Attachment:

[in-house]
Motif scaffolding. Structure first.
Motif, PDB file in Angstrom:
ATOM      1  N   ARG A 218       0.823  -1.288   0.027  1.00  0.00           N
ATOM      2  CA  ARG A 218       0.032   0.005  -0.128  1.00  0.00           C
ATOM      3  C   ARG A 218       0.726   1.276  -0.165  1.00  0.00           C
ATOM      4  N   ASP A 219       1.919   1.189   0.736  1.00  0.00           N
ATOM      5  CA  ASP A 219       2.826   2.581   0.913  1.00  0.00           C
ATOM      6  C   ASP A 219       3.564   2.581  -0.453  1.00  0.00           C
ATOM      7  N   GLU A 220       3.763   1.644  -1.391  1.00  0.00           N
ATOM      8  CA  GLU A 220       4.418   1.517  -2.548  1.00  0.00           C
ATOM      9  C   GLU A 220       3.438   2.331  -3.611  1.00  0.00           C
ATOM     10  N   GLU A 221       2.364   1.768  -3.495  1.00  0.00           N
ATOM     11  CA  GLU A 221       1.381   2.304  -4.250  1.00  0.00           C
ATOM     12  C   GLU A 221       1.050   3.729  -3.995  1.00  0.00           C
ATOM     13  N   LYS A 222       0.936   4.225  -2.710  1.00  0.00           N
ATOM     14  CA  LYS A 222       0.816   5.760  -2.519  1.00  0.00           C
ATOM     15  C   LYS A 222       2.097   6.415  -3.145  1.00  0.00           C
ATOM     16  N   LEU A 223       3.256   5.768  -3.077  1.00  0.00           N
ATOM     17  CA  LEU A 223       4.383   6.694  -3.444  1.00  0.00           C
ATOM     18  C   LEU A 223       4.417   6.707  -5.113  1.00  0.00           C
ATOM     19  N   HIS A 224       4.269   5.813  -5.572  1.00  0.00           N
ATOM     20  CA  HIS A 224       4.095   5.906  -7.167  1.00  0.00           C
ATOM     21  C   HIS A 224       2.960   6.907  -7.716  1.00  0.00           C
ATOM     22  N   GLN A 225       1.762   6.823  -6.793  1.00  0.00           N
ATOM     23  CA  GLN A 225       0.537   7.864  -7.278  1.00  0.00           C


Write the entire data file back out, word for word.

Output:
[in-house]
Motif scaffolding. Structure first.
Motif, PDB file in Angstrom:
ATOM      1  N   ARG A 218       0.823  -1.288   0.027  1.00  0.00           N
ATOM      2  CA  ARG A 218       0.032   0.005  -0.128  1.00  0.00           C
ATOM      3  C   ARG A 218       0.726   1.276  -0.165  1.00  0.00           C
ATOM      4  N   ASP A 219       1.919   1.189   0.736  1.00  0.00           N
ATOM      5  CA  ASP A 219       2.826   2.581   0.913  1.00  0.00           C
ATOM      6  C   ASP A 219       3.564   2.581  -0.453  1.00  0.00           C
ATOM      7  N   GLU A 220       3.763   1.644  -1.391  1.00  0.00           N
ATOM      8  CA  GLU A 220       4.418   1.517  -2.548  1.00  0.00           C
ATOM      9  C   GLU A 220       3.438   2.331  -3.611  1.00  0.00           C
ATOM     10  N   GLU A 221       2.364   1.768  -3.495  1.00  0.00           N
ATOM     11  CA  GLU A 221       1.381   2.304  -4.250  1.00  0.00           C
ATOM     12  C   GLU A 221       1.050   3.729  -3.995  1.00  0.00           C
ATOM     13  N   LYS A 222       0.936   4.225  -2.710  1.00  0.00           N
ATOM     14  CA  LYS A 222       0.816   5.760  -2.519  1.00  0.00           C
ATOM     15  C   LYS A 222       2.097   6.415  -3.145  1.00  0.00           C
ATOM     16  N   LEU A 223       3.256   5.768  -3.077  1.00  0.00           N
ATOM     17  CA  LEU A 223       4.383   6.694  -3.444  1.00  0.00           C
ATOM     18  C   LEU A 223       4.417   6.707  -5.113  1.00  0.00           C
ATOM     19  N   HIS A 224       4.269   5.813  -5.572  1.00  0.00           N
ATOM     20  CA  HIS A 224       4.095   5.906  -7.167  1.00  0.00           C
ATOM     21  C   HIS A 224       2.960   6.907  -7.716  1.00  0.00           C
ATOM     22  N   GLN A 225       1.762   6.823  -6.793  1.00  0.00           N
ATOM     23  CA  GLN A 225       0.537   7.864  -7.278  1.00  0.00           C